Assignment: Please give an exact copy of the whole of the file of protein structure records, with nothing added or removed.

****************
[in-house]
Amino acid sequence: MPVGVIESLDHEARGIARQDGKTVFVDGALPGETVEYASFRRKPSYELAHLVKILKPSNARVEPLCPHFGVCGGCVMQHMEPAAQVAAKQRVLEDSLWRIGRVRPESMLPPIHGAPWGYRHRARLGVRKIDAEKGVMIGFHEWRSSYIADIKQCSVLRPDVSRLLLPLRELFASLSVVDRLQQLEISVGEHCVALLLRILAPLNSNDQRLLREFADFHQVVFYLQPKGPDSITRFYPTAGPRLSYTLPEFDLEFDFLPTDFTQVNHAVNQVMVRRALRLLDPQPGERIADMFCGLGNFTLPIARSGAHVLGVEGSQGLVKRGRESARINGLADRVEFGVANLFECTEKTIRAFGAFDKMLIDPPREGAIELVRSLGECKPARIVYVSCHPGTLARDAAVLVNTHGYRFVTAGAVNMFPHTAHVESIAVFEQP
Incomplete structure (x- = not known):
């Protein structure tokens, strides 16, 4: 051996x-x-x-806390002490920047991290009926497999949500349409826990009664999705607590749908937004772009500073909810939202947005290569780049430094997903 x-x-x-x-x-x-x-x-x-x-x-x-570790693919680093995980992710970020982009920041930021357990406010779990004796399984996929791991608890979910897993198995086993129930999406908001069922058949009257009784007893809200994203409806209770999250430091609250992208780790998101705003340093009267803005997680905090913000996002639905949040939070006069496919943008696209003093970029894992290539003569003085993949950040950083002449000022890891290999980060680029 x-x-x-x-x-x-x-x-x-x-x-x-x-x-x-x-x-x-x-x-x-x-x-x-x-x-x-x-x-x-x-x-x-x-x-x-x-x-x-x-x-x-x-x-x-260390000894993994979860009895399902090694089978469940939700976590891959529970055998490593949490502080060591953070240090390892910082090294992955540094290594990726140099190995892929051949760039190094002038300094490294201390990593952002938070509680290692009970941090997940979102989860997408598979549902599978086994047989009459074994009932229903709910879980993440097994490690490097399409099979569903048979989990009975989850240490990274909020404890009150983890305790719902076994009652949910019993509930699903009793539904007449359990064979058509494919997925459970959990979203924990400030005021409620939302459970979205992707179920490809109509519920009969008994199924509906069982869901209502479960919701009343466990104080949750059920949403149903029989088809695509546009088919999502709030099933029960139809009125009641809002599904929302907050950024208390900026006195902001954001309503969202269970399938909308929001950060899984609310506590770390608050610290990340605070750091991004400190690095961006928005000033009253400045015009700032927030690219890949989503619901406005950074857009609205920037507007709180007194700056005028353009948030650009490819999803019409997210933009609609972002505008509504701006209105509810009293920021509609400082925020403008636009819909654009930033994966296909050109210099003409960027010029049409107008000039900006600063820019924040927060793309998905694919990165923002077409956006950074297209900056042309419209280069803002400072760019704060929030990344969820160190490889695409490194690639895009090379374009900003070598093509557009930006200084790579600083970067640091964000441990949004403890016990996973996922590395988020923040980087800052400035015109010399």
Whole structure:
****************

[in-house]
Amino acid sequence: MPVGVIESLDHEARGIARQDGKTVFVDGALPGETVEYASFRRKPSYELAHLVKILKPSNARVEPLCPHFGVCGGCVMQHMEPAAQVAAKQRVLEDSLWRIGRVRPESMLPPIHGAPWGYRHRARLGVRKIDAEKGVMIGFHEWRSSYIADIKQCSVLRPDVSRLLLPLRELFASLSVVDRLQQLEISVGEHCVALLLRILAPLNSNDQRLLREFADFHQVVFYLQPKGPDSITRFYPTAGPRLSYTLPEFDLEFDFLPTDFTQVNHAVNQVMVRRALRLLDPQPGERIADMFCGLGNFTLPIARSGAHVLGVEGSQGLVKRGRESARINGLADRVEFGVANLFECTEKTIRAFGAFDKMLIDPPREGAIELVRSLGECKPARIVYVSCHPGTLARDAAVLVNTHGYRFVTAGAVNMFPHTAHVESIAVFEQP
Incomplete structure (x- = not known):
């Protein structure tokens, strides 16, 4: 051996x-x-x-806390002490920047991290009926497999949500349409826990009664999705607590749908937004772009500073909810939202947005290569780049430094997903 x-x-x-x-x-x-x-x-x-x-x-x-570790693919680093995980992710970020982009920041930021357990406010779990004796399984996929791991608890979910897993198995086993129930999406908001069922058949009257009784007893809200994203409806209770999250430091609250992208780790998101705003340093009267803005997680905090913000996002639905949040939070006069496919943008696209003093970029894992290539003569003085993949950040950083002449000022890891290999980060680029 x-x-x-x-x-x-x-x-x-x-x-x-x-x-x-x-x-x-x-x-x-x-x-x-x-x-x-x-x-x-x-x-x-x-x-x-x-x-x-x-x-x-x-x-x-260390000894993994979860009895399902090694089978469940939700976590891959529970055998490593949490502080060591953070240090390892910082090294992955540094290594990726140099190995892929051949760039190094002038300094490294201390990593952002938070509680290692009970941090997940979102989860997408598979549902599978086994047989009459074994009932229903709910879980993440097994490690490097399409099979569903048979989990009975989850240490990274909020404890009150983890305790719902076994009652949910019993509930699903009793539904007449359990064979058509494919997925459970959990979203924990400030005021409620939302459970979205992707179920490809109509519920009969008994199924509906069982869901209502479960919701009343466990104080949750059920949403149903029989088809695509546009088919999502709030099933029960139809009125009641809002599904929302907050950024208390900026006195902001954001309503969202269970399938909308929001950060899984609310506590770390608050610290990340605070750091991004400190690095961006928005000033009253400045015009700032927030690219890949989503619901406005950074857009609205920037507007709180007194700056005028353009948030650009490819999803019409997210933009609609972002505008509504701006209105509810009293920021509609400082925020403008636009819909654009930033994966296909050109210099003409960027010029049409107008000039900006600063820019924040927060793309998905694919990165923002077409956006950074297209900056042309419209280069803002400072760019704060929030990344969820160190490889695409490194690639895009090379374009900003070598093509557009930006200084790579600083970067640091964000441990949004403890016990996973996922590395988020923040980087800052400035015109010399």
Whole structure: